Top reasons for cart abandonment - and how to counter them
September 6, 2016
Mobile shoppers are especially likely to abandon carts.
It's so close - when a customer has added an item to his or her cart, the transaction is a mere step away from being completed. Of course, nothing has really been decided at that point, and cart abandonment remains the scourge of eCommerce retailers the world over. The rates remain high - The Drum reported that SaleCycle's quarterly survey put the worldwide rate at 74.52 percent for the second quarter of 2016.
That number can be read one of two ways: A pessimistic view is that carts are being abandoned in mass numbers, and that digital retailers are failing to deliver an experience that makes buyers stay through the process. On the other hand, that 74.52 percent is a huge number of potential buyers who may be close to converting. If only leaders can understand the reasons behind their current abandonment rates, they may be able to turn them around and capitalize on that untapped group of shoppers.
"Leaders can capitalize on this untapped group of shoppers."
Some potential causes
While every customer and situation will bring something a little different to the table, there are a few key situations that drive people away from websites before they've completed a transaction. Here are a few causes that have fairly straightforward solutions to help leaders transform their sites and capture a greater percentage of shoppers:
The problem: Mobile users are frustrated. Smartphones and tablets have become incredibly common devices for browsing retail websites and, potentially, good sales channels. Business 2 Community contributor Chris Layne gave a warning, however: Cart abandonment is even more common in the mobile realm than on PCs. He referred to VentureBurn numbers which indicate 97 percent of mobile carts never lead to a purchase, due to a host of factors including improperly designed or slow-loading web pages.
The solution: Play to mobile's strengths. Mobile devices are simply laid out differently than desktop and notebook PCs. Companies that invest in mobile-friendly eCommerce platforms will be able to capture shoppers who may have been turned away at the first sign of clunky interfaces or desktop settings that didn't translate well to small screens. Layne argued that convenience is key in these situations. People who use their devices on the go aim to have a transaction done while in transit - take too long and they'll just abandon the cart.
Mobile shoppers are especially likley to abandon carts.Mobile shoppers are especially likely to abandon carts.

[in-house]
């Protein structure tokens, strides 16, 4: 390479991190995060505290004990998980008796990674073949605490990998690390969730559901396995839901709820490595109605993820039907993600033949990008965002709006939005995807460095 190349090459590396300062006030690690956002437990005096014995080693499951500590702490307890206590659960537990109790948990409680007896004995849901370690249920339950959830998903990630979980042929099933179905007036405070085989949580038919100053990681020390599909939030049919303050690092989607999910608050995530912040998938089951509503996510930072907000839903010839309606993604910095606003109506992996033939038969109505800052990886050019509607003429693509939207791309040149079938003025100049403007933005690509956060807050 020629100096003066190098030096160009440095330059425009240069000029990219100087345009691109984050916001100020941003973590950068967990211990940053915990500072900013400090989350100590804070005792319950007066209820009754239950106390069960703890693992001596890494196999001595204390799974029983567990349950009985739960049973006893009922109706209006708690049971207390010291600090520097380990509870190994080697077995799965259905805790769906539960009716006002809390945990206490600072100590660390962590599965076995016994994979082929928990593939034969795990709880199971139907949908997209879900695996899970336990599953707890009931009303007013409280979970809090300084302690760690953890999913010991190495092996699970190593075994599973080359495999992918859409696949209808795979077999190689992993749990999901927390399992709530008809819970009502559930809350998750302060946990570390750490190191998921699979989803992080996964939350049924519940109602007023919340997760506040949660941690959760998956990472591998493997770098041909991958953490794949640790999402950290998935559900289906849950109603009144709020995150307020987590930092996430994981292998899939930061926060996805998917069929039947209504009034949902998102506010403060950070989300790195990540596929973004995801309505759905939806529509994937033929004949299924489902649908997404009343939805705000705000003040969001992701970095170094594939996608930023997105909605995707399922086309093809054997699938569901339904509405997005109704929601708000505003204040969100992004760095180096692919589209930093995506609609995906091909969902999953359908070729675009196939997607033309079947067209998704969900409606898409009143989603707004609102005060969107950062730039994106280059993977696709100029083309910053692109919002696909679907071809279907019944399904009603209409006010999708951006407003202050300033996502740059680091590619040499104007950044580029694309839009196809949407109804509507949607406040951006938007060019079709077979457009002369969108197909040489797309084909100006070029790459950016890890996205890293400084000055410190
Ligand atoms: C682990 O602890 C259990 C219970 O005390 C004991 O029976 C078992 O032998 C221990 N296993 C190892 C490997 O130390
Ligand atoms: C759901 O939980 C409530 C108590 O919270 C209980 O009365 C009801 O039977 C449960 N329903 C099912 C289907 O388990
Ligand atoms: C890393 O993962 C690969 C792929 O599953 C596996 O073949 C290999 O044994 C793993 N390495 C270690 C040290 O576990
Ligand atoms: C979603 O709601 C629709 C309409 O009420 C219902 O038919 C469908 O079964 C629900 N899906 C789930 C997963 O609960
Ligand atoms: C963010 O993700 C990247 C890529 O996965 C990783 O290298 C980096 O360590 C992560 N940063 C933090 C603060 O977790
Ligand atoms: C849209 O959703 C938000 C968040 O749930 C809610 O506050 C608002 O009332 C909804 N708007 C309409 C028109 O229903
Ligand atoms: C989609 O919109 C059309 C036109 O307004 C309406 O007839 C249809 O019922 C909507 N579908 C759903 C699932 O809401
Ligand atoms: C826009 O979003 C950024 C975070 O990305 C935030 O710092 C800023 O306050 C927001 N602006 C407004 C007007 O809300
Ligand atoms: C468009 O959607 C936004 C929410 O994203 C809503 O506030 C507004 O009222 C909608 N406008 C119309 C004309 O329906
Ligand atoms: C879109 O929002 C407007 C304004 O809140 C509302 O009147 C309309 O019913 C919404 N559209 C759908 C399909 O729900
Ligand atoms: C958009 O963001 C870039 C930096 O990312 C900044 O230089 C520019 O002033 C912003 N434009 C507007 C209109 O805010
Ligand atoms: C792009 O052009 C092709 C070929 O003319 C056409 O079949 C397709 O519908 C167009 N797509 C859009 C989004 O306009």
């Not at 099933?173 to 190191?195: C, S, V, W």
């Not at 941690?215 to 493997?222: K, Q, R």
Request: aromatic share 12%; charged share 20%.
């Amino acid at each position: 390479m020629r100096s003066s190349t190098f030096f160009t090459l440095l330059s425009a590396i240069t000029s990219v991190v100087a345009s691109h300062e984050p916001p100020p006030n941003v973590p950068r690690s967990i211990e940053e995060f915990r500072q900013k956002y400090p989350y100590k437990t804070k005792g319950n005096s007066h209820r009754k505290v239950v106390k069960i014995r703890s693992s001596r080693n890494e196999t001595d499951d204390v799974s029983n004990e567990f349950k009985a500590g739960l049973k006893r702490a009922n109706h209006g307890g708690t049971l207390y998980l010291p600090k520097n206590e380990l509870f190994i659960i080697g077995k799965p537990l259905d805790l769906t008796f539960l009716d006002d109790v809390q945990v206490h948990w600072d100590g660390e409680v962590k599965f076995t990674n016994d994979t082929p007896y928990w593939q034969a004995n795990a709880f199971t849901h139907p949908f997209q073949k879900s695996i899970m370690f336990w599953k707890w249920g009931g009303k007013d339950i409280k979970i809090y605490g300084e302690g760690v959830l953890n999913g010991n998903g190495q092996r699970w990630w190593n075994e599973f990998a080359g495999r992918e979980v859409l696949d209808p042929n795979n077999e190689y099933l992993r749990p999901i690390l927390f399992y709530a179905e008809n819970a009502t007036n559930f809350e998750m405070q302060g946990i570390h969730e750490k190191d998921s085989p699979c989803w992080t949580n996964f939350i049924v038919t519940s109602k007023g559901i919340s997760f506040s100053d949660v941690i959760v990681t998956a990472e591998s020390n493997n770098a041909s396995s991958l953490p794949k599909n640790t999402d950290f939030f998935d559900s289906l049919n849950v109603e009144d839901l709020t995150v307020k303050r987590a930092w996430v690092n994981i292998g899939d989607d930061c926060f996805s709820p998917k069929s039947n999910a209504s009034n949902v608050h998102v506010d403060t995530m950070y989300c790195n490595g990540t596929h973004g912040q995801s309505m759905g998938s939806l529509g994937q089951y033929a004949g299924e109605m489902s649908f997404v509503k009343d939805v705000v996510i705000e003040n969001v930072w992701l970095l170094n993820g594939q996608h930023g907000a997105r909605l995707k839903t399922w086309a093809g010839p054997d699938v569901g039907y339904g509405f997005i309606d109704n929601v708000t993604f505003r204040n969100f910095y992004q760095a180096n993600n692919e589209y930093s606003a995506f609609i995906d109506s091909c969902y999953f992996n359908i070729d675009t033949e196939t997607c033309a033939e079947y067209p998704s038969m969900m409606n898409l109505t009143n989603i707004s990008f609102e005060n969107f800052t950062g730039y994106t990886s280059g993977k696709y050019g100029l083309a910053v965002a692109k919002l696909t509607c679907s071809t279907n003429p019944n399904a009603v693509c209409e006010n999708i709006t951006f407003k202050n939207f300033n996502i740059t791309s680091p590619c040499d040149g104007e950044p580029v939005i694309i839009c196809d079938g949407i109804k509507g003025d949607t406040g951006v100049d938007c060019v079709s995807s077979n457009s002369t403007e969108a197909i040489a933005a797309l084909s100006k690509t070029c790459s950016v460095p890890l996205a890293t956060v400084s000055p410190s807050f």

The problem: Shipping sticker shock. As Forbes contributor Sujan Patel highlighted, no single element is more problematic than shipping costs when it comes to cart abandonment. People who see a number they don't like in the shipping column may abandon the cart then and there - no recourse. This type of cart loss can occur even if the website performance is solid and the products priced to customers' liking when shipping is not factored in.
The solution: Include costs early. Patel posited that the problem may have less to do with what is told than when it is told. In fact, his advice for companies is to include shipping charges early in the checkout process. If these costs are in place from the start, people will not be shocked at the end and decide to click away.
The problem: Options don't suit international shoppers. Minutehack offered another warning: Companies that try to make inroads into international markets may find that their offerings are being abandoned at the checkout stage. A lack of local research into the regions' preferences could be the culprit here. An eCommerce offering that is completely satisfactory in one region may fall far short of local expectations in another.
The solution: Currency and payment options: Once leaders know where they will be operating, they can tweak a few simple elements of their offerings to suit those locations. Minutehack recommended installing currency conversion tools to make sure people can see in familiar terms what their orders will cost. The source also noted that firms should have many different payment options, because popular choices in one country may lead to cart abandonment if they are the only way to proceed in others.
What does it take to turn carts into complete purchases?
It's not hard to set up eCommerce solutions that will drive down cart abandonment rates. Leaders simply have to drill down and find out what is sending their shoppers away. There is every opportunity to turn a near miss into a sale, and sometimes an online platform adjustment is just the thing.